The Commerce Commission has begun using its powers to compel
people to give up information for its inquiry into alleged
blackmail and extortion by supermarket giant Countdown.
A commission spokesman said it had issued notices to "a
number of parties'' which required them to co-operate with
The "section 98'' notices were similar to a subpoena and
anyone who failed to comply risked a fine of up to $30,000.
The spokesman said it was common practice for a commission
investigation. He would not reveal who the notices had been
Food and Grocery Council head Katherine Rich said it appeared
the commission was casting its net widely.
"It looks like they've taken a significant sample of the
entire grocery sector.''
Ms Rich said it was a positive development because the
investigation was a highly sensitive issue and many suppliers
were reluctant to come forward.
"There is a level of fear and in terms of the Commerce
Commission's move, companies are aware that they must comply
with New Zealand law so the decision about whether or not to
supply information is made for them.
"The decision to issue these notices means once and for all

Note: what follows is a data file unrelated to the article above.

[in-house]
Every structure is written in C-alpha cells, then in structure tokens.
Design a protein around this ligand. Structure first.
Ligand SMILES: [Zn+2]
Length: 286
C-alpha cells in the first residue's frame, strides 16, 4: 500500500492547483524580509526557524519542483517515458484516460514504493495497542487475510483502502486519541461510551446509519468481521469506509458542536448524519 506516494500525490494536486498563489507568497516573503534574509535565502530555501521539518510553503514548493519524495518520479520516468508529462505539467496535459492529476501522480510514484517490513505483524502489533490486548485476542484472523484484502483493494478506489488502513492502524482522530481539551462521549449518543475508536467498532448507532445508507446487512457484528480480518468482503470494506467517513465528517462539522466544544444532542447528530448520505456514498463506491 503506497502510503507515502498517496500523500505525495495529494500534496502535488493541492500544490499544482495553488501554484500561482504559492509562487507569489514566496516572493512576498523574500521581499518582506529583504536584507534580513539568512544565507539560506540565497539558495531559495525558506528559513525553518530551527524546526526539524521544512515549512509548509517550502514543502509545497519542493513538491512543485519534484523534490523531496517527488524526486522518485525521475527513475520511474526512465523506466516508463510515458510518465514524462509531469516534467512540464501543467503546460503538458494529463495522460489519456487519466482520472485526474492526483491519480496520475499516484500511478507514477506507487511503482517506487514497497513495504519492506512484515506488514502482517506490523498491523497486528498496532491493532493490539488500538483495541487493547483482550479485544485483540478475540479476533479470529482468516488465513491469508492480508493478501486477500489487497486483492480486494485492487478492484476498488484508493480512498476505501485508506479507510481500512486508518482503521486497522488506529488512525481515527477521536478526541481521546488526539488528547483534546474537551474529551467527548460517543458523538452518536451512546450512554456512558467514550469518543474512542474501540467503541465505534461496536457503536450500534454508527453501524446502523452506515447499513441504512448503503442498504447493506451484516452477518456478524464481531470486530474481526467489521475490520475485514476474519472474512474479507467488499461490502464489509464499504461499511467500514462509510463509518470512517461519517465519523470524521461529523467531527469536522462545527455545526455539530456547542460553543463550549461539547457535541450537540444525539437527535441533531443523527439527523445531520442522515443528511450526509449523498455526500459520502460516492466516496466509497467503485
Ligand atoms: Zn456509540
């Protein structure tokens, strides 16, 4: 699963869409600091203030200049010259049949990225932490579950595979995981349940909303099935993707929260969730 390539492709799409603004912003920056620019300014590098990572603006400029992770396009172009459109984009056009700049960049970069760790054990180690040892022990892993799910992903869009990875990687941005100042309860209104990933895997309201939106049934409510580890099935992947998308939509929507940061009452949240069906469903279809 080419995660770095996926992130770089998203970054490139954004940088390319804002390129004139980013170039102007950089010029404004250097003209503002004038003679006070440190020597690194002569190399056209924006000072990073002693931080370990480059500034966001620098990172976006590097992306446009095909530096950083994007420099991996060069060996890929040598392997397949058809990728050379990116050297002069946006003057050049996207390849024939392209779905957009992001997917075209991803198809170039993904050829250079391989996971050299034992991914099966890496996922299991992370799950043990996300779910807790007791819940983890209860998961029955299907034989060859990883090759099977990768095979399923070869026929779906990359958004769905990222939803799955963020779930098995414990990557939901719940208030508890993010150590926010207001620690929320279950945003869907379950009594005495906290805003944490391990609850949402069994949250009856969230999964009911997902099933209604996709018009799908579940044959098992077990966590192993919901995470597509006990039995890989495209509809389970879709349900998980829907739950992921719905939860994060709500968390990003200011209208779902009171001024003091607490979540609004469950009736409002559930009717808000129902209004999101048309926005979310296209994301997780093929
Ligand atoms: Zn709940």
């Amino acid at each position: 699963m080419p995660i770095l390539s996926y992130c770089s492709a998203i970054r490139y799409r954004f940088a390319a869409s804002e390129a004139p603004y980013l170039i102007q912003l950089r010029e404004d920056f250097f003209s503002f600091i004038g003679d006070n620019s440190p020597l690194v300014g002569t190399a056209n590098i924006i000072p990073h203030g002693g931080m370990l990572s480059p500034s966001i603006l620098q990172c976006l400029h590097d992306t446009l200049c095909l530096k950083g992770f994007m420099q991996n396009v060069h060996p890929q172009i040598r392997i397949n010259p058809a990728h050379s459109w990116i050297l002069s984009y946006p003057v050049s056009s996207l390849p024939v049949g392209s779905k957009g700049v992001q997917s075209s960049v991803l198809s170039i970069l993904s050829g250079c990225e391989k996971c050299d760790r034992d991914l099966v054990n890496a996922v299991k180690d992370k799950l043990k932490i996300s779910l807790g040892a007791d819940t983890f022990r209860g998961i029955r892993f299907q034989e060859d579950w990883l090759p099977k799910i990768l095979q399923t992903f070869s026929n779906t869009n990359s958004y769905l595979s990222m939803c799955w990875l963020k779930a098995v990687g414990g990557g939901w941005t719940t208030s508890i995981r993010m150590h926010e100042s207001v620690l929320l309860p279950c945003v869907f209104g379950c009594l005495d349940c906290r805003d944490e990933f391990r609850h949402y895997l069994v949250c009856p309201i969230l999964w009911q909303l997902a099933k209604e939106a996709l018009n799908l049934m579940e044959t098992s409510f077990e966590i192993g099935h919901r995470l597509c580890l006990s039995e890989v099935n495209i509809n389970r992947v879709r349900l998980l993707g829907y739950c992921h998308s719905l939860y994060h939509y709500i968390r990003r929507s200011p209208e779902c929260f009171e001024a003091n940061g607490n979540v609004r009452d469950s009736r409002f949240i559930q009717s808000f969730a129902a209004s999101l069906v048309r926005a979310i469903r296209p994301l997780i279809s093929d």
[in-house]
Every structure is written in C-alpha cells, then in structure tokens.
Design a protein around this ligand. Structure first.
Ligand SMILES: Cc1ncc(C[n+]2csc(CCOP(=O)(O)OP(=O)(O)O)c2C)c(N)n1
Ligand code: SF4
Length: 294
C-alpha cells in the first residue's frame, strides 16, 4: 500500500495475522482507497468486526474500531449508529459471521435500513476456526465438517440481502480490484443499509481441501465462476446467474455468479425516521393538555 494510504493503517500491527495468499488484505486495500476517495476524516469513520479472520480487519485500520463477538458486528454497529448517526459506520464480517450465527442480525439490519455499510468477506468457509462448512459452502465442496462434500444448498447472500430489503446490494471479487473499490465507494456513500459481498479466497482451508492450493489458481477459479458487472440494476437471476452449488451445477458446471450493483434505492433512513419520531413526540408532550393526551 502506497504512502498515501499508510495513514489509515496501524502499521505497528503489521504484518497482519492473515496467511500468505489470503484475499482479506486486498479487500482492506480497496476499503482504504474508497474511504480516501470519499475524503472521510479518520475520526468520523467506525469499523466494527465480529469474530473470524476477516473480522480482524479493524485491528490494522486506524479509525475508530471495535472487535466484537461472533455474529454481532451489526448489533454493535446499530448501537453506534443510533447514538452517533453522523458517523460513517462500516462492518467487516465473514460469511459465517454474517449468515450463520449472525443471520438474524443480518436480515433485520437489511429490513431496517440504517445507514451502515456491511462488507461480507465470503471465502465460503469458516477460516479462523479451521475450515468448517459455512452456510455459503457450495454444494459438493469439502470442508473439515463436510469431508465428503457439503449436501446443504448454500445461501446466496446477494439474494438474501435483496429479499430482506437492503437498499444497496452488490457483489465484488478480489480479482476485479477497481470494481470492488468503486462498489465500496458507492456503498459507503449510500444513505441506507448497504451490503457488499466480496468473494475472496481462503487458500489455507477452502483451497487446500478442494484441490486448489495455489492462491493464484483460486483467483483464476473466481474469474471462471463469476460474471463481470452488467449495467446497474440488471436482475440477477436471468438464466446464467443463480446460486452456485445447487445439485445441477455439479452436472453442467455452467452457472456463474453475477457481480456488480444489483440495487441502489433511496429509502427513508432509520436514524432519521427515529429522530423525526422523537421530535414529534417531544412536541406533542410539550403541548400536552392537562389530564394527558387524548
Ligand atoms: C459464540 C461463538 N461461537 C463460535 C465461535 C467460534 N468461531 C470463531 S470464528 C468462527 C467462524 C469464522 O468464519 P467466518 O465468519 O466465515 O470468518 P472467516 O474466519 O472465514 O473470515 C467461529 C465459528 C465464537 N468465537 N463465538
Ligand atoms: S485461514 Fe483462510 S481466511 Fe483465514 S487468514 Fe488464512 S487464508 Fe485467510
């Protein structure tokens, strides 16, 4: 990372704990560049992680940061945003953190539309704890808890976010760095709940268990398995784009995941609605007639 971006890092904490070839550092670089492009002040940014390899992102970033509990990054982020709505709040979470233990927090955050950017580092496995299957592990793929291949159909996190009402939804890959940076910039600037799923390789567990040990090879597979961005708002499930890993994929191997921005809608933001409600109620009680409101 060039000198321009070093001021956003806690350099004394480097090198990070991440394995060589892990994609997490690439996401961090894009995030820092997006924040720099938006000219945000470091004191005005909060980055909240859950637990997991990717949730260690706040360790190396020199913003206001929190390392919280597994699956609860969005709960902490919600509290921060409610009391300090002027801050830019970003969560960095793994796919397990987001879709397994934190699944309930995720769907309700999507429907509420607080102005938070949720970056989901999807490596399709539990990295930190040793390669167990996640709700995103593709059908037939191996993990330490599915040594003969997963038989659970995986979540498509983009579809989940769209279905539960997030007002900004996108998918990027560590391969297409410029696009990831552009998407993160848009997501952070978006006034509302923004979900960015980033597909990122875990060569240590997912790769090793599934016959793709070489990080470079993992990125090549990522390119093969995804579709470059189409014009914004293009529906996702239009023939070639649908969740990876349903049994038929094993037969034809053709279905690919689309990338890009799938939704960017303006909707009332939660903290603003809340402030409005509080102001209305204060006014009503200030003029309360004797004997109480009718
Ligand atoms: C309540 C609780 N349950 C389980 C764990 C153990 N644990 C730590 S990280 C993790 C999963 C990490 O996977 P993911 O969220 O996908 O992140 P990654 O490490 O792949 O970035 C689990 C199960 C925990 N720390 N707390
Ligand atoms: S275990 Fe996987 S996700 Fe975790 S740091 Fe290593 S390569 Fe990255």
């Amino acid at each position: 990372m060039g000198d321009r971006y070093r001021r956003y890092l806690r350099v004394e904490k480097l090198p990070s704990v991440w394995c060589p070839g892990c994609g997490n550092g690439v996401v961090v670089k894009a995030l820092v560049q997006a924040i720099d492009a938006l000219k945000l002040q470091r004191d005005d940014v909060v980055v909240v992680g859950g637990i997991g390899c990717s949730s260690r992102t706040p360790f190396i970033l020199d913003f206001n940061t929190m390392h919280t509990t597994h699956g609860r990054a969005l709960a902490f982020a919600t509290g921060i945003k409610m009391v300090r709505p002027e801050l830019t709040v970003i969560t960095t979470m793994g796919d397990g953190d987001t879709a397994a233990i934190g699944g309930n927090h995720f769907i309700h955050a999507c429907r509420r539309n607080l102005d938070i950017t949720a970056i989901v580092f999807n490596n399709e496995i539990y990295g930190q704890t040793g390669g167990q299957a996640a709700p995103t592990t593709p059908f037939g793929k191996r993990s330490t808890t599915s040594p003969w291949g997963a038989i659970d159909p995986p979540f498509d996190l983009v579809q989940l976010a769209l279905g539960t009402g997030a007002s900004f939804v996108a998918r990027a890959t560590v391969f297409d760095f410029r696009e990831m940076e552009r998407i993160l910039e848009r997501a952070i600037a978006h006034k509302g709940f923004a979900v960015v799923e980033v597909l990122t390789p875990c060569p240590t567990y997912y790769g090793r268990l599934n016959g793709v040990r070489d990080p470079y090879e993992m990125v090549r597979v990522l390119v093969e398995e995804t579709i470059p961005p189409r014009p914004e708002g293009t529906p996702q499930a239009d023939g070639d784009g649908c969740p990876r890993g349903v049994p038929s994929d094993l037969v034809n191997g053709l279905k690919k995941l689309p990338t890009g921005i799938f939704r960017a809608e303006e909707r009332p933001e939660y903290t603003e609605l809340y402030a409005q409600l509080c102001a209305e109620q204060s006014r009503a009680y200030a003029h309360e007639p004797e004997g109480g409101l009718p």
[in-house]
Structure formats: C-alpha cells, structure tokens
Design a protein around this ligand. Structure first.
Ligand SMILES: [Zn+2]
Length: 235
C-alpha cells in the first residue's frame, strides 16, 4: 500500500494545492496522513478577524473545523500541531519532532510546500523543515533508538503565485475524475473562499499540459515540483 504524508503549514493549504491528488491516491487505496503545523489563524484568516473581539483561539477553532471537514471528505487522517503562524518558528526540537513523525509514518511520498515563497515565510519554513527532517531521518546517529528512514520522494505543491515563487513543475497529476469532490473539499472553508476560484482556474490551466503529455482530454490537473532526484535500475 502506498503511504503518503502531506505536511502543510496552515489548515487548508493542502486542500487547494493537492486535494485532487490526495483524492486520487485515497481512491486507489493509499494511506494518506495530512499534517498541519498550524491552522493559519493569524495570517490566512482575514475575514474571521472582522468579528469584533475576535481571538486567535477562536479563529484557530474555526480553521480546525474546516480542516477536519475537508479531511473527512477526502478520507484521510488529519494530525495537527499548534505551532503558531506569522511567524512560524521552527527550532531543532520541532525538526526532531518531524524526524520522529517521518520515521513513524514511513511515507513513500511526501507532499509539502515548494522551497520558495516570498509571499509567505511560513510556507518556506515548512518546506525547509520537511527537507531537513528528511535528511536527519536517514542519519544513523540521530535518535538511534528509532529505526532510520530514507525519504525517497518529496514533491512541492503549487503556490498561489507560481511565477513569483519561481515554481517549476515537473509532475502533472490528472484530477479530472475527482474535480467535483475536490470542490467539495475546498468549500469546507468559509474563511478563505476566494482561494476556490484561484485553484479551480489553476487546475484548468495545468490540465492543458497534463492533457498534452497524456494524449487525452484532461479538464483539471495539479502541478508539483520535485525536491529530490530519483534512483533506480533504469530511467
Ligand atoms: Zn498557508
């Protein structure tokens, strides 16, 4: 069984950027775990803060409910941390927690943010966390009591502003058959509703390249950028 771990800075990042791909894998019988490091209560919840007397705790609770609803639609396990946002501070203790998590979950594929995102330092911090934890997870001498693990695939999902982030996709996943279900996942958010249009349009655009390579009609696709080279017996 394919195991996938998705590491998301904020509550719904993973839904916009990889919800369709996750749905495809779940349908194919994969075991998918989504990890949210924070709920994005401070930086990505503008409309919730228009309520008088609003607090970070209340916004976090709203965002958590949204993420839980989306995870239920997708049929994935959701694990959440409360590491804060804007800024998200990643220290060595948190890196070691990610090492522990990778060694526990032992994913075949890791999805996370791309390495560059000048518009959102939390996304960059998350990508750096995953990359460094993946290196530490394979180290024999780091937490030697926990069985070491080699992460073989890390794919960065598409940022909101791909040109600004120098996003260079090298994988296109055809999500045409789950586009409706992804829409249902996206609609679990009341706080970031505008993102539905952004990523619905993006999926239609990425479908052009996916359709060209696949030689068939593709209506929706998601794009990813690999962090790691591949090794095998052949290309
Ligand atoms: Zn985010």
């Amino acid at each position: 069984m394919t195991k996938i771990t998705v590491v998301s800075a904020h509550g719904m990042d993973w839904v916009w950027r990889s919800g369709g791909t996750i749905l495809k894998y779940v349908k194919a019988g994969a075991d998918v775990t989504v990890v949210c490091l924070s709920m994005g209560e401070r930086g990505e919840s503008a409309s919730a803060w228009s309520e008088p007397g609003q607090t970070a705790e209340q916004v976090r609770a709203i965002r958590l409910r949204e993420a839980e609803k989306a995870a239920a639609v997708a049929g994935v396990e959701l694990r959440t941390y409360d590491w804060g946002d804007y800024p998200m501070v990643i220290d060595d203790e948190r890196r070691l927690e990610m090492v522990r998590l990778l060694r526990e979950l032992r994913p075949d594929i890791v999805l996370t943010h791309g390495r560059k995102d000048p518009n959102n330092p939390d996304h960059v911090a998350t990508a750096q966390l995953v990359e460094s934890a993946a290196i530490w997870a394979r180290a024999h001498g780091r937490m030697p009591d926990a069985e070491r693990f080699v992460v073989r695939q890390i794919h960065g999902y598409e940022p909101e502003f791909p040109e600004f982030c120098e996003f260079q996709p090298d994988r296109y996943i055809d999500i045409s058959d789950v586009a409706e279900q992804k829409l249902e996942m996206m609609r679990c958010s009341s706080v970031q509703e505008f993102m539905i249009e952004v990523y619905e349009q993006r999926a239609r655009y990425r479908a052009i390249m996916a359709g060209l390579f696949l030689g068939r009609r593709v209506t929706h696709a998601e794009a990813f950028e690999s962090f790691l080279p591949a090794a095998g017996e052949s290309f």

there will be a very thorough investigation.''
Labour's commerce spokesman, Clayton Cosgrove, also welcomed
the commission's decision. He said evidence gained by
compulsion was likely to be more useful than information
which was volunteered.
The investigation was prompted by allegations made by
retiring Labour MP Shane Jones under parliamentary privilege.
The commission was looking at Mr Jones' claims that
Countdown's owner Progressive Enterprises had been
blackmailing suppliers into making retrospective payments to
keep products on shelves.
Progressive rejected the allegations against its business.
A Progressive spokesperson told the Herald last night that it
was co-operating with the commission investigation
"As the Commerce Commission has noted, this is a standard
part of their investigation process and it's only natural
they want to have an accurate understanding of the facts. We
welcome a fair and fact-based assessment and we'll continue
to co-operate with the commission.''